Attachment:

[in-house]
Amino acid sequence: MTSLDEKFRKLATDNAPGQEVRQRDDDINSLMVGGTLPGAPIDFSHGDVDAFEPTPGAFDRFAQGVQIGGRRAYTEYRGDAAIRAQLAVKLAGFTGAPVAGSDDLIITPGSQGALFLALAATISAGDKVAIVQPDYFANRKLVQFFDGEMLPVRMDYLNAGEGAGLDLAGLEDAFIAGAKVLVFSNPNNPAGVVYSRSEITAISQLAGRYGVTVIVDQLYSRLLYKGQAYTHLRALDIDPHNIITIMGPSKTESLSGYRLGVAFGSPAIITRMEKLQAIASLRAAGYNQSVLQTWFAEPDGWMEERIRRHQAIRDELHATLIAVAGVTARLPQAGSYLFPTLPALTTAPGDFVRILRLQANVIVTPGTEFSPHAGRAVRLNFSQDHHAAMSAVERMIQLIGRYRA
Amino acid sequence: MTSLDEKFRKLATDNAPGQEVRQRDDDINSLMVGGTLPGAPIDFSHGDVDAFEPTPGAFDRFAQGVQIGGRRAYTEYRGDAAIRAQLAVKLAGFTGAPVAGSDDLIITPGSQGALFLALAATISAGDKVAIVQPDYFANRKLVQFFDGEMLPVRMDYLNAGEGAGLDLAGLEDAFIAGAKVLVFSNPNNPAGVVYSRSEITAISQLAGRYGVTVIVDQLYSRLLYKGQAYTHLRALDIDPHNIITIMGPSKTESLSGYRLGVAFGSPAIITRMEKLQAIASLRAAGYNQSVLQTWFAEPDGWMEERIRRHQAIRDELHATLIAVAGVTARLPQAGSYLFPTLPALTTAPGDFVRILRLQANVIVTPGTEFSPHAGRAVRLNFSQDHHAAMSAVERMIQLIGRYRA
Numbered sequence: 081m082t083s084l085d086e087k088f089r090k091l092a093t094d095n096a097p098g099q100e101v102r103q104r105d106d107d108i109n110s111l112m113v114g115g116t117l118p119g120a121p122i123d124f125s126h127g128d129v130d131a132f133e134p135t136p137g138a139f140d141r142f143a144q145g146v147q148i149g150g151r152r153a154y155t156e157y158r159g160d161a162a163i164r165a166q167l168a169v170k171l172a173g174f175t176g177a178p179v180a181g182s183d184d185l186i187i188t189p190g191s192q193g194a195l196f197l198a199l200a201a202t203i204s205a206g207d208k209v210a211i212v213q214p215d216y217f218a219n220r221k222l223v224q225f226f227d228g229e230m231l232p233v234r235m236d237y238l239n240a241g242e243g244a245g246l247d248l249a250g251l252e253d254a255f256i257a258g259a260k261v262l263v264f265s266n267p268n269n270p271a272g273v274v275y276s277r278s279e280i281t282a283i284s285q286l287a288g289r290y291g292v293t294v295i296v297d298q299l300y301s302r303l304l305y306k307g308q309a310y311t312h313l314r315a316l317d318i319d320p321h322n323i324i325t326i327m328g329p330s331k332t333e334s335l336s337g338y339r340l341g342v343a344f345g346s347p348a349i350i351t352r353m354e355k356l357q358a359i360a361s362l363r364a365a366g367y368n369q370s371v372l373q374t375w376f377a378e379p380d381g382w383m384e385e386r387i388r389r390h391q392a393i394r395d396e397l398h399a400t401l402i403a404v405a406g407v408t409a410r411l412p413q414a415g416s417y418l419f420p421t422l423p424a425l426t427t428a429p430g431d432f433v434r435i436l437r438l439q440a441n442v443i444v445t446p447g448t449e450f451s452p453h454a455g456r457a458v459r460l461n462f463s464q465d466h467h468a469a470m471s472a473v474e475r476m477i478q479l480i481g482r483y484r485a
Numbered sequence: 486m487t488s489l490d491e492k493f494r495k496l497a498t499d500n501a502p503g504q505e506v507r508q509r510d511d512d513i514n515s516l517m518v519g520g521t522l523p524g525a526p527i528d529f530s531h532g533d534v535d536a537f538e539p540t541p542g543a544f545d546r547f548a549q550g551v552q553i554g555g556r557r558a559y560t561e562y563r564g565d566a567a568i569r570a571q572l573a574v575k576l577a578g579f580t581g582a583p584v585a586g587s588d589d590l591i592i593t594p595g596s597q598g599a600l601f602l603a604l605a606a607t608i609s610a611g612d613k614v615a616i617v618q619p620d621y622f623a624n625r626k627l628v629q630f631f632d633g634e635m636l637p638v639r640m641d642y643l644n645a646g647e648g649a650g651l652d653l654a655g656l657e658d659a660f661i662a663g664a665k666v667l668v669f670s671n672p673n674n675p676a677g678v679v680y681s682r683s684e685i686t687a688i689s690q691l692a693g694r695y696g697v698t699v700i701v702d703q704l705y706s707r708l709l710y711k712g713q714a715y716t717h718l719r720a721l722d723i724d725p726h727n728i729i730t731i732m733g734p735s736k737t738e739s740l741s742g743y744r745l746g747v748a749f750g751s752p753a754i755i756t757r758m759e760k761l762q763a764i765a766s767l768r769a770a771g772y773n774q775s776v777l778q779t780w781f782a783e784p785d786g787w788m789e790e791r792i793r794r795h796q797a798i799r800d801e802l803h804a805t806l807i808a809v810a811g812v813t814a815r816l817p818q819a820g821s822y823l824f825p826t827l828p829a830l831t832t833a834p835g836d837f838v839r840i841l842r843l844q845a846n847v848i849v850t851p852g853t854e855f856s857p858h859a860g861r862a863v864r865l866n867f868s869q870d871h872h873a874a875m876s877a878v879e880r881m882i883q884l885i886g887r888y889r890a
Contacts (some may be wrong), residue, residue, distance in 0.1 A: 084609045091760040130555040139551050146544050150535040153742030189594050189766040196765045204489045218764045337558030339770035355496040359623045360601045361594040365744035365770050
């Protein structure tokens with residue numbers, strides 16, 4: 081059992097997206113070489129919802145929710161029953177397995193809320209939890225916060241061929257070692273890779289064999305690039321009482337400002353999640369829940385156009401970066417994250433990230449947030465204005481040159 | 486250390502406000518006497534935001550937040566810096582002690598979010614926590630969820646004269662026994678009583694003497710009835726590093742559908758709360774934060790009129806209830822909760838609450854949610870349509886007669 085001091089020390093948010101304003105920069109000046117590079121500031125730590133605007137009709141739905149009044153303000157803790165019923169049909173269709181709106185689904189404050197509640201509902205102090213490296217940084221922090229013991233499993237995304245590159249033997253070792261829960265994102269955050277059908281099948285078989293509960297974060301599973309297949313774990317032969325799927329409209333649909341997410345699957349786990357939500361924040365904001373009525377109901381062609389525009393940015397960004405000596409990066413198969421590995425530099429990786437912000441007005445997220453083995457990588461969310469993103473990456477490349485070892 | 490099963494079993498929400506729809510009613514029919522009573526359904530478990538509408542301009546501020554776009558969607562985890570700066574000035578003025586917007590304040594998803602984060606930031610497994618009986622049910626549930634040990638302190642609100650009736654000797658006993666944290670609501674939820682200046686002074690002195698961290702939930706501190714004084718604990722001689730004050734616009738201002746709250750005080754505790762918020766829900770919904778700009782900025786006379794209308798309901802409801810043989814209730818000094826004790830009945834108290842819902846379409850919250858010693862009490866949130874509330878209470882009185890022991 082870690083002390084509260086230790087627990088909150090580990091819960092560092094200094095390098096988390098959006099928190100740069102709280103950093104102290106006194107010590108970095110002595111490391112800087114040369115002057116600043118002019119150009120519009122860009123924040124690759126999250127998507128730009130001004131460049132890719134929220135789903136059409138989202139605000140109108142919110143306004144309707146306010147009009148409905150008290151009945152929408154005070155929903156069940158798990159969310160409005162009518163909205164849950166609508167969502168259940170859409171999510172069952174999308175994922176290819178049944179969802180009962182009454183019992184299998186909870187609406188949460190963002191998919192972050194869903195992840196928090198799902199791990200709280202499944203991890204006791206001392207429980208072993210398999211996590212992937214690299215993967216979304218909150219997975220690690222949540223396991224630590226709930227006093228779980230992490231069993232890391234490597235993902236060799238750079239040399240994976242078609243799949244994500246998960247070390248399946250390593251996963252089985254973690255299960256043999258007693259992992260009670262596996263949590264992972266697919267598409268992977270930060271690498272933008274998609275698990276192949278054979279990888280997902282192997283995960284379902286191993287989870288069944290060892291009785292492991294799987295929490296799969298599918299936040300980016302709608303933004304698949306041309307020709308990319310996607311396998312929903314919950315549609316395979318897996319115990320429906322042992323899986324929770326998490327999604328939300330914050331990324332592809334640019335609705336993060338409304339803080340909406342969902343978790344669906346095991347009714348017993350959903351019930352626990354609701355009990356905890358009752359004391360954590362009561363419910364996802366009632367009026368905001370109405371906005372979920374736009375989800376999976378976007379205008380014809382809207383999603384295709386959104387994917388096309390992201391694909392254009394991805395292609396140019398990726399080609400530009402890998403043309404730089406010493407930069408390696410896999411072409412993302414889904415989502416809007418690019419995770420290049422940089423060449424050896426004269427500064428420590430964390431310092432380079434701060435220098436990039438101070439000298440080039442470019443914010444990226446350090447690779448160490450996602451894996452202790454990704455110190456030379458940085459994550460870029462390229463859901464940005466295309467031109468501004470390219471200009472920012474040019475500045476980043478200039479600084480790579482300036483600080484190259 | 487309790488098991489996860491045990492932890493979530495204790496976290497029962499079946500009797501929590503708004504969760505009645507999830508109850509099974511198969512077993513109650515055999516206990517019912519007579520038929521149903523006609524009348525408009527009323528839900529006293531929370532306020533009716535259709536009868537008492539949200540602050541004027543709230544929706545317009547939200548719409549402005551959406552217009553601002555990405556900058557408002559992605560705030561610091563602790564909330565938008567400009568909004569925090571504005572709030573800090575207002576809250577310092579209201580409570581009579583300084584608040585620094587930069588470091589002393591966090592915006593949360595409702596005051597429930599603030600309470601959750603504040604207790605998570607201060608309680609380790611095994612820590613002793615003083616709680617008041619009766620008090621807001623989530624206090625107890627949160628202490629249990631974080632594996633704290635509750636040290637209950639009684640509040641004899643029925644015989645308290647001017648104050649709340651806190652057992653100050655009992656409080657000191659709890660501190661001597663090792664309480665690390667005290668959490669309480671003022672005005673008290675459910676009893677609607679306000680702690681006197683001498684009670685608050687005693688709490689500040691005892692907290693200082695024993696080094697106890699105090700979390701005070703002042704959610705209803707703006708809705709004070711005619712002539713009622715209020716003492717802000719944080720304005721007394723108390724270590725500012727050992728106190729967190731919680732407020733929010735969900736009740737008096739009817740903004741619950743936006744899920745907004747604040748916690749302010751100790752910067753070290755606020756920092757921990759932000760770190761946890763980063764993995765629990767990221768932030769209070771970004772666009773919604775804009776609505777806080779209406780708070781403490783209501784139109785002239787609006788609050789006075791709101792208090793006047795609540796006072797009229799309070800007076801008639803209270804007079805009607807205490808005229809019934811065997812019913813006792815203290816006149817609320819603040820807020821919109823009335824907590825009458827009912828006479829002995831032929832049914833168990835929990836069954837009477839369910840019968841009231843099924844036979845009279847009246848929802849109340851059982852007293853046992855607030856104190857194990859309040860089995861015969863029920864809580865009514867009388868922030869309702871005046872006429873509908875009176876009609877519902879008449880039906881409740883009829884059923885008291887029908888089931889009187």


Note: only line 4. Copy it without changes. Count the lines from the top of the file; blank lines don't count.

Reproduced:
Numbered sequence: 081m082t083s084l085d086e087k088f089r090k091l092a093t094d095n096a097p098g099q100e101v102r103q104r105d106d107d108i109n110s111l112m113v114g115g116t117l118p119g120a121p122i123d124f125s126h127g128d129v130d131a132f133e134p135t136p137g138a139f140d141r142f143a144q145g146v147q148i149g150g151r152r153a154y155t156e157y158r159g160d161a162a163i164r165a166q167l168a169v170k171l172a173g174f175t176g177a178p179v180a181g182s183d184d185l186i187i188t189p190g191s192q193g194a195l196f197l198a199l200a201a202t203i204s205a206g207d208k209v210a211i212v213q214p215d216y217f218a219n220r221k222l223v224q225f226f227d228g229e230m231l232p233v234r235m236d237y238l239n240a241g242e243g244a245g246l247d248l249a250g251l252e253d254a255f256i257a258g259a260k261v262l263v264f265s266n267p268n269n270p271a272g273v274v275y276s277r278s279e280i281t282a283i284s285q286l287a288g289r290y291g292v293t294v295i296v297d298q299l300y301s302r303l304l305y306k307g308q309a310y311t312h313l314r315a316l317d318i319d320p321h322n323i324i325t326i327m328g329p330s331k332t333e334s335l336s337g338y339r340l341g342v343a344f345g346s347p348a349i350i351t352r353m354e355k356l357q358a359i360a361s362l363r364a365a366g367y368n369q370s371v372l373q374t375w376f377a378e379p380d381g382w383m384e385e386r387i388r389r390h391q392a393i394r395d396e397l398h399a400t401l402i403a404v405a406g407v408t409a410r411l412p413q414a415g416s417y418l419f420p421t422l423p424a425l426t427t428a429p430g431d432f433v434r435i436l437r438l439q440a441n442v443i444v445t446p447g448t449e450f451s452p453h454a455g456r457a458v459r460l461n462f463s464q465d466h467h468a469a470m471s472a473v474e475r476m477i478q479l480i481g482r483y484r485a